The history of censorship in New Zealand is a busy and interesting one. It starts early in the 20th Century and involves several different government agencies and a wide array of different mediums.
For each item, we will be including references to the source of the information so you can read more about the topic if you want.
Where direct quotations are used (in the majority of instances to date) quotation marks have been used around the full text. Standard ellipsis (...) are used to indicate that words have been omitted. By contrast the following ellipsis (...) indicates that more than a sentence is omitted from the original text.
"...the first movie screening was at the Auckland Opera House on 13 October 1896 when a short programme of 'moving pictures' was projected on an Edison Kinematograph imported from the United States".
"The Indecent Publications Act passed in 1910 was not amended until 1954. It incorporated provisions from previous acts, and strengthened the law allowing the searching of premises and the seizure of "indecent" and "obscene" material. All offences involving indecent material were made liable to summary conviction, eliminating the need for expensive jury trials."
The Act did not attempt to define "indecent", but did lay down criteria which "magistrates (sic) should take into account when determining the indecency of material."
The traditional medical concerns remained prominent. The Act deemed indecent "any document or matter which relates or refers ... to any disease affecting the generative organs of either sex, or to the complaint or infirmity arising from or relating to sexual intercourse, or to the prevention or removal of irregularities in menstruation, or to drugs, medicines or appliances, treatment, or methods for procuring abortion or miscarriage or preventing conception".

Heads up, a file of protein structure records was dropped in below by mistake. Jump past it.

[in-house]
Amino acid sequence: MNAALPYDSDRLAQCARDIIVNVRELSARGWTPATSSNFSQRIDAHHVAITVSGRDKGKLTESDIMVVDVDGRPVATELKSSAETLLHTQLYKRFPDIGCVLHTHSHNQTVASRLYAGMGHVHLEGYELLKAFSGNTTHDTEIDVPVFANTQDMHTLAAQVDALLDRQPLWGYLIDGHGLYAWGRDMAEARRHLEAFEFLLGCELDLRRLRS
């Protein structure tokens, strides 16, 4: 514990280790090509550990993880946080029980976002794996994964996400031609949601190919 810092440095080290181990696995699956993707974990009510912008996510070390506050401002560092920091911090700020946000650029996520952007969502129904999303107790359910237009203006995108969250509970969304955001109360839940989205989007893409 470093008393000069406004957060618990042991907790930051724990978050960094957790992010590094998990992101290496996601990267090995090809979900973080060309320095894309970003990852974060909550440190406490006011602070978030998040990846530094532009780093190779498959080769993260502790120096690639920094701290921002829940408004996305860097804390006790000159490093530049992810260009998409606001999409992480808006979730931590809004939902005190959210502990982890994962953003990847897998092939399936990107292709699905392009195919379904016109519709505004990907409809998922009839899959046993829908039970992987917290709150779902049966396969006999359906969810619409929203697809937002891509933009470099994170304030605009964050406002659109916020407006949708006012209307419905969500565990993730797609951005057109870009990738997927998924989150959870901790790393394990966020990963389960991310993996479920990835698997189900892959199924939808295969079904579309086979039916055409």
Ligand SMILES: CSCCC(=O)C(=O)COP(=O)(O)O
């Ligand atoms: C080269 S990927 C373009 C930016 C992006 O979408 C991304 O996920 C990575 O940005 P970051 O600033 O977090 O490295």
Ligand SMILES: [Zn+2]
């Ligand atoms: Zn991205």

It was a defence, however, that the work was of "literary, scientific, or artistic merit or importance", and that the act of the accused was not of "an immoral or mischievous tendency". The Act thus spelt out for the first time the distinction between work which was of "literary, scientific, or artistic, merit" and that which was not. The purpose, according to the Attorney General, John Findlay, was to protect the "liberty which improves and ennobles a nation" while removing the "license which degrades."
The first person to be appointed censor in New Zealand was W. Jolliffe. He was appointed under the Cinematograph Film Censorship Act in 1916. Jolliffe died in office in 1927. He was replaced by his assistant, W.H. Tanner.
"In March 1916 the Government introduced war regulations allowing it to ban films about the war in Europe. These were aimed at films which might discourage army recruitment by showing the conditions under which the war was being fought. The screening of such a film in Timaru, which included shots of the dead and wounded, appears to have provoked the move."
"The Cinematograph Film Censorship Act 1916, passed in August, made it illegal to show any film which had not first been approved by a government-appointed censor. Virtually the only directive given the censor was that no film should be approved which "in the opinion of the censor, depicts any matter that is against public order and decency, or the exhibition of which for any other reason is, in the opinion of the censor, undesirable in the public interest".
The words "in the opinion of the censor" imparted sweeping discretionary powers. Film distributors were, however, given the right to appeal the censor's decision to a three-person board appointed by the Minister of Internal Affairs. Until 1934, no one could appeal the censor's approval of a film, however.
The words "undesirable in the public interest" were also rather sweeping, going beyond the concern with "indecency" in the other censorship legislation. When questioned in the house about this clause, the Minister of Internal Affairs indicated it was specifically included so films could be censored for political reasons, in particular their effect on army recruitment.
The 1916 Act also made provision for films to be restricted to specified classes of persons. This provision was rarely used before the 1950's, when age restrictions, such as R16, became common".